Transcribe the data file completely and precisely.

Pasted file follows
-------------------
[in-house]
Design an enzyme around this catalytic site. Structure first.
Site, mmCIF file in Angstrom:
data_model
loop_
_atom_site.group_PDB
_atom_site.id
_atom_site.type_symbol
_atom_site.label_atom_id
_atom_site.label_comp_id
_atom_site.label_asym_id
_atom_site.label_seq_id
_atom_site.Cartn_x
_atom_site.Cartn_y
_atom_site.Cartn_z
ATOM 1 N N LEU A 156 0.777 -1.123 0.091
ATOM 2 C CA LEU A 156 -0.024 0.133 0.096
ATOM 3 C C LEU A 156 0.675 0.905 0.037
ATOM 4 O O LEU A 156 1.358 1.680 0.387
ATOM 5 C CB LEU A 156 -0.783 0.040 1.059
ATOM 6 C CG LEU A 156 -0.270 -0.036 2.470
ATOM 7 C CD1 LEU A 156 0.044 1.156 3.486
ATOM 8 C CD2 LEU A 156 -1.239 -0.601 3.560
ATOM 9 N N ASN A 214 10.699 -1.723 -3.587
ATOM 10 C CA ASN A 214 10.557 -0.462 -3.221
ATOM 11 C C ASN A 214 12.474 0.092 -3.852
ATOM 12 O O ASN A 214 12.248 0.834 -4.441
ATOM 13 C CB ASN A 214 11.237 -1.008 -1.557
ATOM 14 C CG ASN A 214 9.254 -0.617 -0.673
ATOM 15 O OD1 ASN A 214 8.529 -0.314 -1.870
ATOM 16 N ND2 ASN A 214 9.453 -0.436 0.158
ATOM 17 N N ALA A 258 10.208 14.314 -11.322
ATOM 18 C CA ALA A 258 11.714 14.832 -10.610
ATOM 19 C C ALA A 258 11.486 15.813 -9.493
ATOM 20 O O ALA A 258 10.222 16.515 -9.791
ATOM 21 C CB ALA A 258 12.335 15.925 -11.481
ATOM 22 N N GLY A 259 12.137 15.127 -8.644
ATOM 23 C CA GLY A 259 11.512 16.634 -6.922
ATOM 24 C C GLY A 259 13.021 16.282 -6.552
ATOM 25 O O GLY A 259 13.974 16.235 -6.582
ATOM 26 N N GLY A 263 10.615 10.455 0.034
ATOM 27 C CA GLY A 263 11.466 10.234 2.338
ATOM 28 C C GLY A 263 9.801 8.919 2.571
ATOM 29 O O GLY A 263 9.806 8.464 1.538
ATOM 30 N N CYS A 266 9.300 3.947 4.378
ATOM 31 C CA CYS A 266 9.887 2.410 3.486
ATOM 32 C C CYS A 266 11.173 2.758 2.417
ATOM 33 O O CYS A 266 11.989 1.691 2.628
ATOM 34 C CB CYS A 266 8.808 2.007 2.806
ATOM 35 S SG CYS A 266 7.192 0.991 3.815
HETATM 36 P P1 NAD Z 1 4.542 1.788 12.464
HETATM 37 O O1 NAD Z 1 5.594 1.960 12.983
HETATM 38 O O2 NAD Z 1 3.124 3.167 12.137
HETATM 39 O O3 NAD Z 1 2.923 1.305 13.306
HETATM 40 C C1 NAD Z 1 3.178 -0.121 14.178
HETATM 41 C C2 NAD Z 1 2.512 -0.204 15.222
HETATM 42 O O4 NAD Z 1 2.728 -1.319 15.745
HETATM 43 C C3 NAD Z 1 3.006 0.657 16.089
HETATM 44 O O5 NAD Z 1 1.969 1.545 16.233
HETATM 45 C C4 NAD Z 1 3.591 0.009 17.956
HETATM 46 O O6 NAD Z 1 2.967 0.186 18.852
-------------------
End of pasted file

[in-house]
Design an enzyme around this catalytic site. Structure first.
Site, mmCIF file in Angstrom:
data_model
loop_
_atom_site.group_PDB
_atom_site.id
_atom_site.type_symbol
_atom_site.label_atom_id
_atom_site.label_comp_id
_atom_site.label_asym_id
_atom_site.label_seq_id
_atom_site.Cartn_x
_atom_site.Cartn_y
_atom_site.Cartn_z
ATOM 1 N N LEU A 156 0.777 -1.123 0.091
ATOM 2 C CA LEU A 156 -0.024 0.133 0.096
ATOM 3 C C LEU A 156 0.675 0.905 0.037
ATOM 4 O O LEU A 156 1.358 1.680 0.387
ATOM 5 C CB LEU A 156 -0.783 0.040 1.059
ATOM 6 C CG LEU A 156 -0.270 -0.036 2.470
ATOM 7 C CD1 LEU A 156 0.044 1.156 3.486
ATOM 8 C CD2 LEU A 156 -1.239 -0.601 3.560
ATOM 9 N N ASN A 214 10.699 -1.723 -3.587
ATOM 10 C CA ASN A 214 10.557 -0.462 -3.221
ATOM 11 C C ASN A 214 12.474 0.092 -3.852
ATOM 12 O O ASN A 214 12.248 0.834 -4.441
ATOM 13 C CB ASN A 214 11.237 -1.008 -1.557
ATOM 14 C CG ASN A 214 9.254 -0.617 -0.673
ATOM 15 O OD1 ASN A 214 8.529 -0.314 -1.870
ATOM 16 N ND2 ASN A 214 9.453 -0.436 0.158
ATOM 17 N N ALA A 258 10.208 14.314 -11.322
ATOM 18 C CA ALA A 258 11.714 14.832 -10.610
ATOM 19 C C ALA A 258 11.486 15.813 -9.493
ATOM 20 O O ALA A 258 10.222 16.515 -9.791
ATOM 21 C CB ALA A 258 12.335 15.925 -11.481
ATOM 22 N N GLY A 259 12.137 15.127 -8.644
ATOM 23 C CA GLY A 259 11.512 16.634 -6.922
ATOM 24 C C GLY A 259 13.021 16.282 -6.552
ATOM 25 O O GLY A 259 13.974 16.235 -6.582
ATOM 26 N N GLY A 263 10.615 10.455 0.034
ATOM 27 C CA GLY A 263 11.466 10.234 2.338
ATOM 28 C C GLY A 263 9.801 8.919 2.571
ATOM 29 O O GLY A 263 9.806 8.464 1.538
ATOM 30 N N CYS A 266 9.300 3.947 4.378
ATOM 31 C CA CYS A 266 9.887 2.410 3.486
ATOM 32 C C CYS A 266 11.173 2.758 2.417
ATOM 33 O O CYS A 266 11.989 1.691 2.628
ATOM 34 C CB CYS A 266 8.808 2.007 2.806
ATOM 35 S SG CYS A 266 7.192 0.991 3.815
HETATM 36 P P1 NAD Z 1 4.542 1.788 12.464
HETATM 37 O O1 NAD Z 1 5.594 1.960 12.983
HETATM 38 O O2 NAD Z 1 3.124 3.167 12.137
HETATM 39 O O3 NAD Z 1 2.923 1.305 13.306
HETATM 40 C C1 NAD Z 1 3.178 -0.121 14.178
HETATM 41 C C2 NAD Z 1 2.512 -0.204 15.222
HETATM 42 O O4 NAD Z 1 2.728 -1.319 15.745
HETATM 43 C C3 NAD Z 1 3.006 0.657 16.089
HETATM 44 O O5 NAD Z 1 1.969 1.545 16.233
HETATM 45 C C4 NAD Z 1 3.591 0.009 17.956
HETATM 46 O O6 NAD Z 1 2.967 0.186 18.852